Many woodworkers have dust collection systems, which use suction and large pipes and hoses to collect sawdust and other particles from power tools. For the hobbyist, these systems can be affordable, below $1000 for a decent system. Naturally, I therefore wondered what I could accomplish with my old shop vacuum, some junk from the garbage can, and about 20 bucks.
|Woodshop Dust Control
Amazon | Powells
The basic premise is to collect sawdust, trimmings, and other particles as close to the source of production as possible. Many power tools come with dust collection ports built in to them these days. My 1950s PowrKraft table saw did not, so I set out to create a dust collector for it.
My tablesaw was not designed for vacuum collection of sawdust, so it has quite a few openings which needed to be covered. The underside of the saw is open, with a sheet-metal rim around the inside. This made a good place to attach a collection hood. I fabricated one from a rectangular plastic bucket made from HDPE (high-density polyethylene) plastic, the most common type used in common buckets and consumer packaging.
Since the bucket had a hinged snap-on lid, I turned the bucket upside down and used the lid as the bottom of the dust hood. The lid then became an access door to the underside of the saw. I used the heat gun to bend the sides of the bucket and weld on extra corner tabs, creating flanges to sit on the rim of the saw opening.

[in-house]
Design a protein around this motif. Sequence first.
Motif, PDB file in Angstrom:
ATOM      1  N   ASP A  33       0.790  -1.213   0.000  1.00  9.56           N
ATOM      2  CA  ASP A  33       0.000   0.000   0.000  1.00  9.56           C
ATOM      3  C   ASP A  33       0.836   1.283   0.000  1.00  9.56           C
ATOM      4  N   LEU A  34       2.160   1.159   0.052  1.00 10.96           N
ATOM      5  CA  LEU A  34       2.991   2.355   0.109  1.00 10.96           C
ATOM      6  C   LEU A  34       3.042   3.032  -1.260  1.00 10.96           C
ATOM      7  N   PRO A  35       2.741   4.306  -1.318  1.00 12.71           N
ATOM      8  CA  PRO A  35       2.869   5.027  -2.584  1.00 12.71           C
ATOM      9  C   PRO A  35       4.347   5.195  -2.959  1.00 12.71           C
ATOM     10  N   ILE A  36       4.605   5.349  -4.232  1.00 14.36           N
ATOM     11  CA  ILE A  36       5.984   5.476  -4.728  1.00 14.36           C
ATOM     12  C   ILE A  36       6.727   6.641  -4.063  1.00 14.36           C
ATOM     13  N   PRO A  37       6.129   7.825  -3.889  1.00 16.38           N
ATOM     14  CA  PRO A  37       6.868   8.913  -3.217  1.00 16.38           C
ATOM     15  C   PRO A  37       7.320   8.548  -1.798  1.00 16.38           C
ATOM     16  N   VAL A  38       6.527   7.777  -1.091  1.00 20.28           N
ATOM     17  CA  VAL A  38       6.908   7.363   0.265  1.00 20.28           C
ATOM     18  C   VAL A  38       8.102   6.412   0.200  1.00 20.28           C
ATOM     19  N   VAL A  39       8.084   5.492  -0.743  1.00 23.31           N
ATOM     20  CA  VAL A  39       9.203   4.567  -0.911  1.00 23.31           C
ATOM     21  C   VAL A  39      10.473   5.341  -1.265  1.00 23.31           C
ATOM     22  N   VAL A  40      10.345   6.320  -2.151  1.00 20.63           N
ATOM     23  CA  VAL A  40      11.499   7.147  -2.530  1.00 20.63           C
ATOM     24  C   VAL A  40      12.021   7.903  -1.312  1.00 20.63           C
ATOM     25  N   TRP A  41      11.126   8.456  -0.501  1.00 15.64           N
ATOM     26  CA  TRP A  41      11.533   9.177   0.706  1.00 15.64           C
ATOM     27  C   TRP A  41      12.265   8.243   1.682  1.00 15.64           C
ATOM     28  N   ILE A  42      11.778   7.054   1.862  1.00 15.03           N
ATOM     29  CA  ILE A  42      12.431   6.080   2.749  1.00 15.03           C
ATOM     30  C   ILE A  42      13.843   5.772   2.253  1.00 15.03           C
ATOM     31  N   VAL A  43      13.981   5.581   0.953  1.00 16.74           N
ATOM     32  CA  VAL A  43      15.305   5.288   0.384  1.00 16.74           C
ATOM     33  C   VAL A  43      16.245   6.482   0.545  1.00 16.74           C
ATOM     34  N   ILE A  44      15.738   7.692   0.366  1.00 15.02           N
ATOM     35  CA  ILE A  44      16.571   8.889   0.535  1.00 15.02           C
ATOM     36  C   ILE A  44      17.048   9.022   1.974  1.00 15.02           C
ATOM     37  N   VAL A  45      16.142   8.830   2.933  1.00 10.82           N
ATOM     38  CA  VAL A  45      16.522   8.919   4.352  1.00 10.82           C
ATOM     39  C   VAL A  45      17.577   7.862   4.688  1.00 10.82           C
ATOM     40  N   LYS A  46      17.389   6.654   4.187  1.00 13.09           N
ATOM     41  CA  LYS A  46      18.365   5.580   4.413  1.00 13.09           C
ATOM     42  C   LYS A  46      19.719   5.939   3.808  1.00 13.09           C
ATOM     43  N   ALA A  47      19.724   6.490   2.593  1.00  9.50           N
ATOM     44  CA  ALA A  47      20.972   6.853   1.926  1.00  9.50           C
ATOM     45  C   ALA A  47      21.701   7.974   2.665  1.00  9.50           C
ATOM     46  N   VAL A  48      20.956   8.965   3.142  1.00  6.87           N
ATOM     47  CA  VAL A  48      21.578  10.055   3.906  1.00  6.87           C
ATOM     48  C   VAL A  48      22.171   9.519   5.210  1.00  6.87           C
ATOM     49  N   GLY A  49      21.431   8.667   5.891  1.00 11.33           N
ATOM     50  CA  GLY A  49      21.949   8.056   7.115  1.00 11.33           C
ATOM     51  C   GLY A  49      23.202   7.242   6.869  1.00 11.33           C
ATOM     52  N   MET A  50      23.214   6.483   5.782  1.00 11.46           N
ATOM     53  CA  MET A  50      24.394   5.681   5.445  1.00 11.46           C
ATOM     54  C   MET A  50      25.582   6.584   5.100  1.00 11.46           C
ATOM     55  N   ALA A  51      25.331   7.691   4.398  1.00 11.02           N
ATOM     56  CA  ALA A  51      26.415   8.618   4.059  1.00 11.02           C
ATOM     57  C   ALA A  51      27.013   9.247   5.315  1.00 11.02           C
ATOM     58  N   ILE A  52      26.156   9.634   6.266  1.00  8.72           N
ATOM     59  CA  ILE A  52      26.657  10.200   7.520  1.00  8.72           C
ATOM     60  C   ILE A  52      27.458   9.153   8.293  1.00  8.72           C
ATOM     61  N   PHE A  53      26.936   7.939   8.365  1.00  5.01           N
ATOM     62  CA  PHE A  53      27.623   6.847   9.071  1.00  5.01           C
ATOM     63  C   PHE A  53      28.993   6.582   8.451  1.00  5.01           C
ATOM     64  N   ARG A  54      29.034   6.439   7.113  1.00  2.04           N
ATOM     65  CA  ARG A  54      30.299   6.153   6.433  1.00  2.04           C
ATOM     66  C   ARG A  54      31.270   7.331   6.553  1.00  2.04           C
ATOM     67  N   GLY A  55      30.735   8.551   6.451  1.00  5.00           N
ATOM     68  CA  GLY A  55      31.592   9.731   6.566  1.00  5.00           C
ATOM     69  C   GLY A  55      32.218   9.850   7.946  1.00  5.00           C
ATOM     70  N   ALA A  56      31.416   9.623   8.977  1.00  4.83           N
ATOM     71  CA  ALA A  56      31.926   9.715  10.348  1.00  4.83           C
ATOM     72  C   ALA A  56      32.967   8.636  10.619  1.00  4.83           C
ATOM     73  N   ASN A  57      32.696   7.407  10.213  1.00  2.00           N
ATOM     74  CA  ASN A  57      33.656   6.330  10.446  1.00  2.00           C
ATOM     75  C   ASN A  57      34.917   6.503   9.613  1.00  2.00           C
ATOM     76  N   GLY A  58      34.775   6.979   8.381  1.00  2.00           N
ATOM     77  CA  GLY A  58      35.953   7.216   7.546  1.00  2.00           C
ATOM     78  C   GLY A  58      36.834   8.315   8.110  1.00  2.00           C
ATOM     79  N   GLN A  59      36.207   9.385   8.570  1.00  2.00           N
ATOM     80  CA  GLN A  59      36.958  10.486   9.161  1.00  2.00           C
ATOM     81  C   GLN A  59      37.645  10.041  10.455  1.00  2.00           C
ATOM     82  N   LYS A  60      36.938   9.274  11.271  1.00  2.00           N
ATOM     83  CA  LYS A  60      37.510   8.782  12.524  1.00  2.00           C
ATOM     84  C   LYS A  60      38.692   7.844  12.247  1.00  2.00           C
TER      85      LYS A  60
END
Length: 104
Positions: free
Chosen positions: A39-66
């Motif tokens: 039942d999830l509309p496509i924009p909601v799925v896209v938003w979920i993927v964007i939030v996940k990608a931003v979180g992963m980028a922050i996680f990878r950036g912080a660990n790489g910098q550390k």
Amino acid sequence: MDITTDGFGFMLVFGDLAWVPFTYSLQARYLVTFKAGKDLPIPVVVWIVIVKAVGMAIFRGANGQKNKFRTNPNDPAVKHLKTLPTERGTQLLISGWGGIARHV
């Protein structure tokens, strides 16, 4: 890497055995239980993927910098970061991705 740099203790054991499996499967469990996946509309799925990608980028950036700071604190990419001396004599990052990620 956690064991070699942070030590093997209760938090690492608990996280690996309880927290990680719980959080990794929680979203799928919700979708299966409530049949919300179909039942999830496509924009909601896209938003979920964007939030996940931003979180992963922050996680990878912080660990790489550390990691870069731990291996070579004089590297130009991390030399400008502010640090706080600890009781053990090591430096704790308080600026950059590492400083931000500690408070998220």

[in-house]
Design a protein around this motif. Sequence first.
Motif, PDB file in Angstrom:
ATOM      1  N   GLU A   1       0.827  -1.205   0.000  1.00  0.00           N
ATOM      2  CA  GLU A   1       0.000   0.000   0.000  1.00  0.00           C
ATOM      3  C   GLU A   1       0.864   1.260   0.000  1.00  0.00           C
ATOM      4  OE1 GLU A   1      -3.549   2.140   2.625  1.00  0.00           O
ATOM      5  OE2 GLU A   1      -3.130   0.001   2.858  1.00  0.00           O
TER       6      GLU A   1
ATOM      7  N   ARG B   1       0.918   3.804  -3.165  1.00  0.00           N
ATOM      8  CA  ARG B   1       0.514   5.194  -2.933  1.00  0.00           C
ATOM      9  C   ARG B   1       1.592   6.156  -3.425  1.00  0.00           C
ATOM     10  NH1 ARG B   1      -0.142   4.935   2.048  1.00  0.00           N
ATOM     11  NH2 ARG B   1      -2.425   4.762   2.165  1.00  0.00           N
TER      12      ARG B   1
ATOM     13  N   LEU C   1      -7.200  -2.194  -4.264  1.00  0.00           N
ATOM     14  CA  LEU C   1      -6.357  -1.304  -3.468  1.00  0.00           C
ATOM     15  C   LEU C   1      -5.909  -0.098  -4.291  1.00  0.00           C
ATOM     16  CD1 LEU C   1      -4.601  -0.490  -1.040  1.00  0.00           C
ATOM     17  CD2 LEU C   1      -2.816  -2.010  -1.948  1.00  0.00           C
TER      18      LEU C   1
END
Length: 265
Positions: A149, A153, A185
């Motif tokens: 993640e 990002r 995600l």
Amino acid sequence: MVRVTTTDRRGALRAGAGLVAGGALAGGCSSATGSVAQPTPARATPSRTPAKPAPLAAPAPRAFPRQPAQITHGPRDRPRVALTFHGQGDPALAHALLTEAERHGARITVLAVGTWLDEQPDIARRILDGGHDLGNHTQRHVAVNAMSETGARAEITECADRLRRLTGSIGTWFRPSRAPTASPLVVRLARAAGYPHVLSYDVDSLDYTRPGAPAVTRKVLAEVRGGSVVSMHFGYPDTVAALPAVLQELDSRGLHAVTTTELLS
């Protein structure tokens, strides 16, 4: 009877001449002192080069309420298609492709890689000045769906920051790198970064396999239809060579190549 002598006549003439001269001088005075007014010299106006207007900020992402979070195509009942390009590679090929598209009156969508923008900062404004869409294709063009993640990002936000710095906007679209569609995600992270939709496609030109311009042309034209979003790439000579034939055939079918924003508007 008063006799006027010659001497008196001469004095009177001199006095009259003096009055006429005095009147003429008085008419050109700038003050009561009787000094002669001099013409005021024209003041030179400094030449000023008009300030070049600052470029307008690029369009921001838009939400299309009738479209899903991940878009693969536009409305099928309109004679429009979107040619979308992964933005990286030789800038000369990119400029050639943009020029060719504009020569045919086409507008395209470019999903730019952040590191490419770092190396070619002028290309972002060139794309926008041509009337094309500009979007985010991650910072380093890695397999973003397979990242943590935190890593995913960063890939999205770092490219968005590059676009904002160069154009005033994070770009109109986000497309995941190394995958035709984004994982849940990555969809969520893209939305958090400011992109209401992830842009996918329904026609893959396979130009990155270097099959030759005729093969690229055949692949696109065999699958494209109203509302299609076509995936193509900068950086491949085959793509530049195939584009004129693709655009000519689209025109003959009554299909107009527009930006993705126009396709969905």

For the dust-collection tubing, I took the cheap route. I used 3-inch water drainage tubing and 1.5-inch sump pump tubing, both from the local home improvement warehouse store.
Neither one of the tubing sizes I used matches the hose of my shop vac at 2.5 inches, so I needed some adaptors. Several different plastic jars from peanut butter and applesauce turned out to be very close to the correct size. The opening on the applesauce jar was just a little too small, so I made a spreader jig with some wooden wedges between some nuts and washers. When one of the nuts is tightened, the washers squeeze the wedges, forcing them outward. I wrapped the wooden wedges in a piece of sheet metal from a tin vegetable can, and placed the mouth of the jar over it. By softening the jar mouth with the heat gun, and tightening the nut, I was able to expand the jar to fit the vacuum hose just right. I attached the 3-inch tubing to a hole I cut in the bottom of the jar on the other end, making a nice hose adaptor.
What’s That Noise?!
I put two dust collection points into the tablesaw collector: the large main 3-inch hose in the collector hood, and a second 1.5-inch hose to pick up stray sawdust from the top of the table. I attached them together with a Y-connection made from a plastic peanut butter jar. The 1.5-inch hose came out of the side of the jar, but I heated and warped the jar to make a Y connector for better airflow through the smaller hose.